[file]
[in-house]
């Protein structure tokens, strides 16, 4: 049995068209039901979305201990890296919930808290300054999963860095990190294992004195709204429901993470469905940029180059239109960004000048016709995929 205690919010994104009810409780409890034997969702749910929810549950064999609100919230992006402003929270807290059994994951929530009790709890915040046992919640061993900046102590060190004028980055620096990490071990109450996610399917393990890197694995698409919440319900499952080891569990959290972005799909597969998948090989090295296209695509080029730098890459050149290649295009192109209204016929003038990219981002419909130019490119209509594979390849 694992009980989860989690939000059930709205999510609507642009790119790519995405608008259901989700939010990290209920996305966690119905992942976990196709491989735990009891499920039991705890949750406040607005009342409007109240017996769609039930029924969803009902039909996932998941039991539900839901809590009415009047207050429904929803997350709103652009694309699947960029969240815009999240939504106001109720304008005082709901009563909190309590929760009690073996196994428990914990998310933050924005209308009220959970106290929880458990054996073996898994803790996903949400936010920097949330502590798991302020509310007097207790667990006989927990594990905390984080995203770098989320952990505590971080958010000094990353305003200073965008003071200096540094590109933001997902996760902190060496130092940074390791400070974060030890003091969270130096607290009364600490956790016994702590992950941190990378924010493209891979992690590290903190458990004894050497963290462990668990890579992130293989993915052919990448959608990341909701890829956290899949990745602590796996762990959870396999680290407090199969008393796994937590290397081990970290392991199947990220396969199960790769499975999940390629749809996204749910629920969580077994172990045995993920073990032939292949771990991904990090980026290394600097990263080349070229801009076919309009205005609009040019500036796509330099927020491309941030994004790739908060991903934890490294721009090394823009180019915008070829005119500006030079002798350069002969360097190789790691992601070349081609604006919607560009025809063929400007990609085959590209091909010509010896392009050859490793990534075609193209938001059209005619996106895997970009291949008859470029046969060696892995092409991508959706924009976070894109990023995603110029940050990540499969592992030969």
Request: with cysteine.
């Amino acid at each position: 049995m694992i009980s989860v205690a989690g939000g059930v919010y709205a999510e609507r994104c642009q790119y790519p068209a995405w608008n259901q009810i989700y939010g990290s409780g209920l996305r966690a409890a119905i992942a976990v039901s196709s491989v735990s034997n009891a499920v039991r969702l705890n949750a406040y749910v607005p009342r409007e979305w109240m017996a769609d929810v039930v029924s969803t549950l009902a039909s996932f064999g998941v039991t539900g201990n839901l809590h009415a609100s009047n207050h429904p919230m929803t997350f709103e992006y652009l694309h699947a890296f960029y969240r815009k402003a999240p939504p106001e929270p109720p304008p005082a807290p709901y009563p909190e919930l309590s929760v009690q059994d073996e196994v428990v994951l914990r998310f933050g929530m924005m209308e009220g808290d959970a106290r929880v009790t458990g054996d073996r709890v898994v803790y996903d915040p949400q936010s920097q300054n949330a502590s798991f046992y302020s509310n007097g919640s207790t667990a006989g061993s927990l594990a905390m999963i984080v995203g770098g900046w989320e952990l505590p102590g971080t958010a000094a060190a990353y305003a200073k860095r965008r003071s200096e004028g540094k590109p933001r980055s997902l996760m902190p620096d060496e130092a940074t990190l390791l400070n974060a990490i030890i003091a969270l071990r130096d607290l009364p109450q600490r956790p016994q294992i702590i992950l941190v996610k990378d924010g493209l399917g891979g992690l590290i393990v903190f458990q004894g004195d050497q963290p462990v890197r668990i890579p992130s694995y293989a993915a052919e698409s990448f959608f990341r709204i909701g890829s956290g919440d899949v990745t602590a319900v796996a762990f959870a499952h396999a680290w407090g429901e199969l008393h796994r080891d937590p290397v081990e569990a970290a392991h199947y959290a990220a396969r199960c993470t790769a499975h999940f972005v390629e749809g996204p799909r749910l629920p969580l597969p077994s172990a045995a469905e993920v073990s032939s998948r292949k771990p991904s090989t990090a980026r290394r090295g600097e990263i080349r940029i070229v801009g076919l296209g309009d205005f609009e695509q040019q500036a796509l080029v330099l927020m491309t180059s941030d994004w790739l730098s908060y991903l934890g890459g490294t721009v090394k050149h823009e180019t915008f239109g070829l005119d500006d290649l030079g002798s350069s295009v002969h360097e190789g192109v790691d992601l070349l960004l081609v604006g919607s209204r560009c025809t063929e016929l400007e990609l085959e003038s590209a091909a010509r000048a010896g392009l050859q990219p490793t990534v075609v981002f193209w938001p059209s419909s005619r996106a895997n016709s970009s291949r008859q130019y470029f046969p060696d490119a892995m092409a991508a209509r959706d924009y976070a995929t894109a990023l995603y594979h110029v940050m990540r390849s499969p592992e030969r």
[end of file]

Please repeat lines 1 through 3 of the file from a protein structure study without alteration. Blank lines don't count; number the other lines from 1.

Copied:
[in-house]
């Protein structure tokens, strides 16, 4: 049995068209039901979305201990890296919930808290300054999963860095990190294992004195709204429901993470469905940029180059239109960004000048016709995929 205690919010994104009810409780409890034997969702749910929810549950064999609100919230992006402003929270807290059994994951929530009790709890915040046992919640061993900046102590060190004028980055620096990490071990109450996610399917393990890197694995698409919440319900499952080891569990959290972005799909597969998948090989090295296209695509080029730098890459050149290649295009192109209204016929003038990219981002419909130019490119209509594979390849 694992009980989860989690939000059930709205999510609507642009790119790519995405608008259901989700939010990290209920996305966690119905992942976990196709491989735990009891499920039991705890949750406040607005009342409007109240017996769609039930029924969803009902039909996932998941039991539900839901809590009415009047207050429904929803997350709103652009694309699947960029969240815009999240939504106001109720304008005082709901009563909190309590929760009690073996196994428990914990998310933050924005209308009220959970106290929880458990054996073996898994803790996903949400936010920097949330502590798991302020509310007097207790667990006989927990594990905390984080995203770098989320952990505590971080958010000094990353305003200073965008003071200096540094590109933001997902996760902190060496130092940074390791400070974060030890003091969270130096607290009364600490956790016994702590992950941190990378924010493209891979992690590290903190458990004894050497963290462990668990890579992130293989993915052919990448959608990341909701890829956290899949990745602590796996762990959870396999680290407090199969008393796994937590290397081990970290392991199947990220396969199960790769499975999940390629749809996204749910629920969580077994172990045995993920073990032939292949771990991904990090980026290394600097990263080349070229801009076919309009205005609009040019500036796509330099927020491309941030994004790739908060991903934890490294721009090394823009180019915008070829005119500006030079002798350069002969360097190789790691992601070349081609604006919607560009025809063929400007990609085959590209091909010509010896392009050859490793990534075609193209938001059209005619996106895997970009291949008859470029046969060696892995092409991508959706924009976070894109990023995603110029940050990540499969592992030969």
Request: with cysteine.